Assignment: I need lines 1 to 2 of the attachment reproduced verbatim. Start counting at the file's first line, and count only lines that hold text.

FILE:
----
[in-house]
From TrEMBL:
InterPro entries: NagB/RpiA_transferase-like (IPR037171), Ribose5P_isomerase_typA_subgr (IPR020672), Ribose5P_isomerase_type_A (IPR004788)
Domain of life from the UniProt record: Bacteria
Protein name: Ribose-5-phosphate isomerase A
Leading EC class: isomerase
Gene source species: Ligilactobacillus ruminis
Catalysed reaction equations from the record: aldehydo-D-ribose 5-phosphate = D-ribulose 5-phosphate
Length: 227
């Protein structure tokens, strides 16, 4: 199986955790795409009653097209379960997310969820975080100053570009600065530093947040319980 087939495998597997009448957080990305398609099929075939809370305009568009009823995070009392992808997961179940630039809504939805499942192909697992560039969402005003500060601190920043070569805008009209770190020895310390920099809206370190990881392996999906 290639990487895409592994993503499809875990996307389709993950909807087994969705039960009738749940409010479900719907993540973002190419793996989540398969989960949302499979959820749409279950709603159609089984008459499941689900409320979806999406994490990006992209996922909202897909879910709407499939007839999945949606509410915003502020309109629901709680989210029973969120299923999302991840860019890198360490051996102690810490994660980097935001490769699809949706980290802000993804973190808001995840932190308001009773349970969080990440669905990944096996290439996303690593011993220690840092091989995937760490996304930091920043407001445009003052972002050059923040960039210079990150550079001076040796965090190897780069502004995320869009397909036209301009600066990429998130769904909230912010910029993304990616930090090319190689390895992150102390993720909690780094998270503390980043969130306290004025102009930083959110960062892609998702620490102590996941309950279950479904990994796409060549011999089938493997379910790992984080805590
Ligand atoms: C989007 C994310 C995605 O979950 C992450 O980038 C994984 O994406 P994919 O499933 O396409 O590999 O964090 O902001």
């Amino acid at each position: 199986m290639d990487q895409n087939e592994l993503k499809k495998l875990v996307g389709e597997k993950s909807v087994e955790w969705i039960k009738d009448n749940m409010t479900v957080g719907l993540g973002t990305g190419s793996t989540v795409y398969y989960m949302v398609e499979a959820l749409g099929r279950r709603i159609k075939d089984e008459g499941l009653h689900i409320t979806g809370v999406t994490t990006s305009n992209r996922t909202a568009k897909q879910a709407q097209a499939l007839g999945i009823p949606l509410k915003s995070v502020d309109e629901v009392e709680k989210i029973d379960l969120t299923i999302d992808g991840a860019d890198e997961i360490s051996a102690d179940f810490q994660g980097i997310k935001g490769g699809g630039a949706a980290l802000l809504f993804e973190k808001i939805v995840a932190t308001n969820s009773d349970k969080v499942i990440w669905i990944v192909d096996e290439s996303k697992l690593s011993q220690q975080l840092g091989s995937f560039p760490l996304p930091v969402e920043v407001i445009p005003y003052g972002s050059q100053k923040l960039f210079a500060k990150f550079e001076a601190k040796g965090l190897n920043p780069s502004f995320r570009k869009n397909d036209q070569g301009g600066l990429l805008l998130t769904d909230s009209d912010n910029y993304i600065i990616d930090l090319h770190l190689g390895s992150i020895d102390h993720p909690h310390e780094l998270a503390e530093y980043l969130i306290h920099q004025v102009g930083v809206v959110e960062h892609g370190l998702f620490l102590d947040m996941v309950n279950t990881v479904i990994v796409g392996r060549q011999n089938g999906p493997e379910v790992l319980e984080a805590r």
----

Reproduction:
[in-house]
From TrEMBL: